4000 euro for wildlife risk prediction model!

Today the Dutch MarkLogic team ended their MarkLogic Charity Bike Ride, which took them from London to Amsterdam to Utrecht. The weather was good and the spirits high!

By the end of their 3-day journey they had raised 4000 euro for the protection of wildlife!

The Dutch MarkLogic team handing over the check to Jan Kees Schakel and Hugo Koopmans of Sensing Clues Foundation

The Dutch MarkLogic team handing over the check to Jan Kees Schakel and Hugo Koopmans of Sensing Clues Foundation

The donation will be used to extend the Wildlife Intelligence platform with a risk prediction model, which wildlife rangers can use to outsmart poachers and optimise the timing and routes of their patrols.

We need 7.000 euro to complete the risk prediction model, so, if you want to help, please find the Donate button on our website!

Sound sampling the jungle!

Automated real-time recognition of sounds is a powerful means to inform rangers of potential illegal activities in large nature reserves. Many illegal activities are accompanied with noise, varying from engine sounds to gunshots, and from cattle to dog sounds. They can all be used to alert rangers.

Machine listening is a very new and fast-developing field of expertise, heavenly based on machine learning. To design and deploy a sensor capable of recognising many different types of sounds in realtime, many engineering hours and development cycles are needed. Hence, we chose to develop it in the jungle which we call our home, before we deploy it in the actual jungle.

current status

Together with volunteers of the IoT Sensemakers Amsterdam, we have improved the first prototype of our SERVAL sound sensor. Meanwhile we started a citizens science project with the City of Amsterdam, the Ombudsman, and De Waag, to address the problem of noise pollution.

This Thursday we started sound-sampling the Amsterdam City jungle! Together with friends from de Waag and IoT Sensemakers Amsterdam we collected many hours of recordings of sounds that are known to bother people.

This summer we’ll use the collected samples to train the SERVAL sensor, after which it will be deployed in the city to assess and address noise pollution in a much more meaningful manner then ever before.

The first results are expected by the end of this year. Once the technology has been proven in the city jungle, we’ll bring it to the jungles and savannes of Africa and Asia to help protecting wildlife.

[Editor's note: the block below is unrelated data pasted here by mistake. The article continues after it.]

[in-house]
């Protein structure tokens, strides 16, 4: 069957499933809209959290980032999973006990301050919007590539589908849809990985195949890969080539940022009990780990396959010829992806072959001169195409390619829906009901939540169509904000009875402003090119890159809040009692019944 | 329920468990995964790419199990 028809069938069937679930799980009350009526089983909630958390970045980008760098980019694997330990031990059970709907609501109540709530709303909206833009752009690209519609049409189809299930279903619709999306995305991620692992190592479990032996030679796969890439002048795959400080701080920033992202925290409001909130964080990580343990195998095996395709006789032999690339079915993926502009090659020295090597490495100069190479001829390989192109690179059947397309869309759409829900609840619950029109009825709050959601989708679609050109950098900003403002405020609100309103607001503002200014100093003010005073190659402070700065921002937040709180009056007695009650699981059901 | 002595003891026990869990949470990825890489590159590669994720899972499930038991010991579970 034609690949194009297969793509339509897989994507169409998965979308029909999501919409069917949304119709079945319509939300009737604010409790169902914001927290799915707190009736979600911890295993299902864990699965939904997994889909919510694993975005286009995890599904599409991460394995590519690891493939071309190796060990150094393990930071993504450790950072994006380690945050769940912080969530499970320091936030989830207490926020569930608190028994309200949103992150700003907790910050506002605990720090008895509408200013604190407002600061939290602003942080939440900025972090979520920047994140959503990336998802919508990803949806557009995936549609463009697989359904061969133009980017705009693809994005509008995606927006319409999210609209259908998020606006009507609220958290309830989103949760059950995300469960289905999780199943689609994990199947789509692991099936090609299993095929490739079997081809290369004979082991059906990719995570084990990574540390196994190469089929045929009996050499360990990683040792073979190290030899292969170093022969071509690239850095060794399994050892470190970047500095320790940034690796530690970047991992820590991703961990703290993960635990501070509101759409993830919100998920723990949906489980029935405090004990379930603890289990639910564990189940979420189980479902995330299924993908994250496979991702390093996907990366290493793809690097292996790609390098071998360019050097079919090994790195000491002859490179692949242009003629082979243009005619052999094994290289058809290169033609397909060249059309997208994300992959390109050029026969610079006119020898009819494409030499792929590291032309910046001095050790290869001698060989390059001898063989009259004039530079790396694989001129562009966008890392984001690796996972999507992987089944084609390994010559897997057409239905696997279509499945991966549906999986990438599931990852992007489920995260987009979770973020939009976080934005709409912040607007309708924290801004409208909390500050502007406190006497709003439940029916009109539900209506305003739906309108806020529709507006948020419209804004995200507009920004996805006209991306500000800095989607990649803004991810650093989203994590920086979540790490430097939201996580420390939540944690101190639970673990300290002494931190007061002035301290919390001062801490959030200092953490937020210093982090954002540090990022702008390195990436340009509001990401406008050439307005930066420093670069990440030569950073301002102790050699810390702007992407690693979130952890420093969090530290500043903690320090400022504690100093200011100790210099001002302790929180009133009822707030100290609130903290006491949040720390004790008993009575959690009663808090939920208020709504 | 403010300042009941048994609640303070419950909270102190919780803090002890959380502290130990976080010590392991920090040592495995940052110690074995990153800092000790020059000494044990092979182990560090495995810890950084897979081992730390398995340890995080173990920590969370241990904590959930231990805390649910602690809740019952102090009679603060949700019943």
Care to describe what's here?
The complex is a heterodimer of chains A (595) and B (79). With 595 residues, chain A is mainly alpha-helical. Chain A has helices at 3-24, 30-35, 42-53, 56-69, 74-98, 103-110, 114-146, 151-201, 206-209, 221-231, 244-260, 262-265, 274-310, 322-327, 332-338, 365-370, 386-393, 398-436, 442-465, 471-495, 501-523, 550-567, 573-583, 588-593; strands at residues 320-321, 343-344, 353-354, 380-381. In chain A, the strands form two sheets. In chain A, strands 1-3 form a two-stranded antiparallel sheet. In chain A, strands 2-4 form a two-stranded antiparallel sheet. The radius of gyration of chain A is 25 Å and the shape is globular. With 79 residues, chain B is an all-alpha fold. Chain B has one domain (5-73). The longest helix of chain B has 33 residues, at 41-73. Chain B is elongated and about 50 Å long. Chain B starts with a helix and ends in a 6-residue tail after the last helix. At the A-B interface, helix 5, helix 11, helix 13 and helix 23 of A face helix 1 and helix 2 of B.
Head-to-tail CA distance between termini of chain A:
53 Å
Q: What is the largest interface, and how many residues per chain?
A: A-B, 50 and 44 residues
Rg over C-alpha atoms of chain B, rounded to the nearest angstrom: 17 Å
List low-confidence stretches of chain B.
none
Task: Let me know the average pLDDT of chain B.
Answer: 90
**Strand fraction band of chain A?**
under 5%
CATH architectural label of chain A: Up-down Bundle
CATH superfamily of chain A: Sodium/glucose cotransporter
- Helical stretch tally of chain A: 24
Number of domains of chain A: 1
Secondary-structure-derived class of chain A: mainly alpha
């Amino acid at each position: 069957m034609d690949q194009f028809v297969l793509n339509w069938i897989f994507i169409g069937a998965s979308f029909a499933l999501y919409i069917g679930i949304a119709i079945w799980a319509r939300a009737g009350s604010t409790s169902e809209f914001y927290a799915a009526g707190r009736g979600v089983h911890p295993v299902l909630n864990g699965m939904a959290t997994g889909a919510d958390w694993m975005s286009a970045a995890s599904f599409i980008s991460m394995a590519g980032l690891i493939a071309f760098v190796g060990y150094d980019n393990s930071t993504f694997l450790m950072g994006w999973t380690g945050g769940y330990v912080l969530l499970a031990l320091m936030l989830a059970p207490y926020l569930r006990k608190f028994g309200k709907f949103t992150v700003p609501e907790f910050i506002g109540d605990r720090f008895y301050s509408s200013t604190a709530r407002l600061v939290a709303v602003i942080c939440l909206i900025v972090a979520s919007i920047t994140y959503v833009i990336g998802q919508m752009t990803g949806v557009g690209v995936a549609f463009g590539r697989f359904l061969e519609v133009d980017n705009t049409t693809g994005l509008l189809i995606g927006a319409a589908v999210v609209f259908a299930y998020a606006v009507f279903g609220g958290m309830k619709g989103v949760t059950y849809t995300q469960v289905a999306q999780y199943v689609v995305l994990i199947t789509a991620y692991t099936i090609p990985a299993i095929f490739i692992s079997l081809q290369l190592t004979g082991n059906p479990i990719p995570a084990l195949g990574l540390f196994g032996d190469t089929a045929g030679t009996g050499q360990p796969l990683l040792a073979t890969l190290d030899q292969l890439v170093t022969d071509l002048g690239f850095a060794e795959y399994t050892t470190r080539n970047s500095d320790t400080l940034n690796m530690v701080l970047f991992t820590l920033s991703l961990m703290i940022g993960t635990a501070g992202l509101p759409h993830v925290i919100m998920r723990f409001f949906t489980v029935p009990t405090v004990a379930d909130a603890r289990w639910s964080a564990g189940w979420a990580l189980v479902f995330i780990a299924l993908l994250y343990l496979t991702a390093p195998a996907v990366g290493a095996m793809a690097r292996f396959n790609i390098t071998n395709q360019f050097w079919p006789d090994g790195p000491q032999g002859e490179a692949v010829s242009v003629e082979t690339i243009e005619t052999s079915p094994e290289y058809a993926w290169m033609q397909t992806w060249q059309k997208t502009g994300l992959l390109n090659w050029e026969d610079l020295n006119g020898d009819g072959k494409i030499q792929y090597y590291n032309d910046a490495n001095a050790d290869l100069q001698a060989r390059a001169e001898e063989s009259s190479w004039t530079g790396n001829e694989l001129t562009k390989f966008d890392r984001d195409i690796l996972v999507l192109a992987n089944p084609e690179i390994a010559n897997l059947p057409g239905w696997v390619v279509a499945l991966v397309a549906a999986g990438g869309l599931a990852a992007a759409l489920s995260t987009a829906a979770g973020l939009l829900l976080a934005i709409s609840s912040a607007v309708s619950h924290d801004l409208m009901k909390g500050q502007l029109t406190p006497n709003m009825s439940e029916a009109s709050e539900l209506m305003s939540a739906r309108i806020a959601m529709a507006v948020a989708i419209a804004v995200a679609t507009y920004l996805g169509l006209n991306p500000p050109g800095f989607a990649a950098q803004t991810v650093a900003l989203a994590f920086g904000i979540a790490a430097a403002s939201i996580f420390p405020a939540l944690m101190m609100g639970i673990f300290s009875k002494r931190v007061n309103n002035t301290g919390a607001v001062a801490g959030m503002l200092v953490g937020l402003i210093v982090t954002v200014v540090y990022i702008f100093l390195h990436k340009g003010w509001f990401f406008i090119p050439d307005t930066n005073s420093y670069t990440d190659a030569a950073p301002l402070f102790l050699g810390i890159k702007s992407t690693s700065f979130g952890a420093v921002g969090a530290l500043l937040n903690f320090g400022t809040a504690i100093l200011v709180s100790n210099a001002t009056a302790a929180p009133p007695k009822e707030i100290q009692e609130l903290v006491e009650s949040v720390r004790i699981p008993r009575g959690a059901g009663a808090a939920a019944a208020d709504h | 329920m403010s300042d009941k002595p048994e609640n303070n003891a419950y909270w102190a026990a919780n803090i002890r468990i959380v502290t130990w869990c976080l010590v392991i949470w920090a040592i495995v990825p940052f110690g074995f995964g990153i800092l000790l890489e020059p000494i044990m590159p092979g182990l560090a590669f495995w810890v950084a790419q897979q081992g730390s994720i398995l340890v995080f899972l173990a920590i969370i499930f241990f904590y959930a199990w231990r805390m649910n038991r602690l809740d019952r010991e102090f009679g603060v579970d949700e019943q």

We can’t wait!

Marsican Brown Bear

Imagine if you could accurately predict the movements of a highly endangered animal species, hours or days in advance. For those engaged in the conservation of that species, such information would be invaluable.

The Apennine Mountains is a large mountain range in central Italy. The mountain slopes are mossy and covered with huge centuries-old beech trees. The area is home to large populations of deer species and wild boar, who share their habitat with wolf, semi-wild horses and cattle.

Its most famous resident is the Marsican brown bear, which is endemic to this region.

Together with the experts of Rewilding Europe, Sensing Clues will be working on improving knowledge about the whereabouts and activities of the Marsican brown bear. We’ll use this information to design predictive models that can be used to prevent harmful interactions between local residents and bear, and thus contribute to their successful co-existence.

Marsican Brown Bear. Photo by Bruno D’Amicis, Rewilding Europe

Marsican Brown Bear. Photo by Bruno D’Amicis, Rewilding Europe


Read more about the project at the website of Rewilding Europe.

First results of frontier oost!

So proud to present to you the first tangible contribution of our new Solution Partner - frontier oost - a complete new version of our site!

The development of our tools for wildlife protection depends on people like Yorinde, Marco and Jimmy of frontier oost, who donate part of their time and expertise to do good.

If you, too, find our mission worthy your support, don’t hesitate to hit the donation button! For just 25 euro you contribute to the protection of 5 square kilometer, harbouring 100s of animals!

Together we turn wild spaces into safe havens!

frontier oost joins forces!

frontier oost, founded only 6 months ago by Marco, Yorinde and Jimmy, is the seventh organisation that officially joins forces with Sensing Clues to turn wild spaces into safe havens!